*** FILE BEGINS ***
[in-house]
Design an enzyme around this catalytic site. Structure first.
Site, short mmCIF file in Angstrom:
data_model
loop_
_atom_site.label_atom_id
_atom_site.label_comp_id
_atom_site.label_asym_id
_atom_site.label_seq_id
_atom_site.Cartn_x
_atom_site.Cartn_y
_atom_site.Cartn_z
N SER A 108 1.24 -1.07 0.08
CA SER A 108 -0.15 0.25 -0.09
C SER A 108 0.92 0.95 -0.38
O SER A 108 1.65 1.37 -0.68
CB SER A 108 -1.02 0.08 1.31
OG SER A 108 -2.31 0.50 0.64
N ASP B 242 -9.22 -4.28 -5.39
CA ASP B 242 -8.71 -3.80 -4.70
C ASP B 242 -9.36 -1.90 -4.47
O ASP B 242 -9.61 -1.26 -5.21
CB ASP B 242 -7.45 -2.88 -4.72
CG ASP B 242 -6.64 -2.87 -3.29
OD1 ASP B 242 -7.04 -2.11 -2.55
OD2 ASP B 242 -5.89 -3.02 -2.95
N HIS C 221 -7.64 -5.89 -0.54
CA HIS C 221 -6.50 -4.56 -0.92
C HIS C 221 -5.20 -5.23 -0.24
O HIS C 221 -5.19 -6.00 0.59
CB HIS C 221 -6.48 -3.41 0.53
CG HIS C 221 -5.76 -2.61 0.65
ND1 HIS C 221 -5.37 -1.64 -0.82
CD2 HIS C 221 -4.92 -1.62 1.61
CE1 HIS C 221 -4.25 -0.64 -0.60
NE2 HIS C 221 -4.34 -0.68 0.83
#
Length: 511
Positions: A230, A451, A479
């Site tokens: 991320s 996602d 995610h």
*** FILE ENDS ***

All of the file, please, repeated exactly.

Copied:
[in-house]
Design an enzyme around this catalytic site. Structure first.
Site, short mmCIF file in Angstrom:
data_model
loop_
_atom_site.label_atom_id
_atom_site.label_comp_id
_atom_site.label_asym_id
_atom_site.label_seq_id
_atom_site.Cartn_x
_atom_site.Cartn_y
_atom_site.Cartn_z
N SER A 108 1.24 -1.07 0.08
CA SER A 108 -0.15 0.25 -0.09
C SER A 108 0.92 0.95 -0.38
O SER A 108 1.65 1.37 -0.68
CB SER A 108 -1.02 0.08 1.31
OG SER A 108 -2.31 0.50 0.64
N ASP B 242 -9.22 -4.28 -5.39
CA ASP B 242 -8.71 -3.80 -4.70
C ASP B 242 -9.36 -1.90 -4.47
O ASP B 242 -9.61 -1.26 -5.21
CB ASP B 242 -7.45 -2.88 -4.72
CG ASP B 242 -6.64 -2.87 -3.29
OD1 ASP B 242 -7.04 -2.11 -2.55
OD2 ASP B 242 -5.89 -3.02 -2.95
N HIS C 221 -7.64 -5.89 -0.54
CA HIS C 221 -6.50 -4.56 -0.92
C HIS C 221 -5.20 -5.23 -0.24
O HIS C 221 -5.19 -6.00 0.59
CB HIS C 221 -6.48 -3.41 0.53
CG HIS C 221 -5.76 -2.61 0.65
ND1 HIS C 221 -5.37 -1.64 -0.82
CD2 HIS C 221 -4.92 -1.62 1.61
CE1 HIS C 221 -4.25 -0.64 -0.60
NE2 HIS C 221 -4.34 -0.68 0.83
#
Length: 511
Positions: A230, A451, A479
């Site tokens: 991320s 996602d 995610h």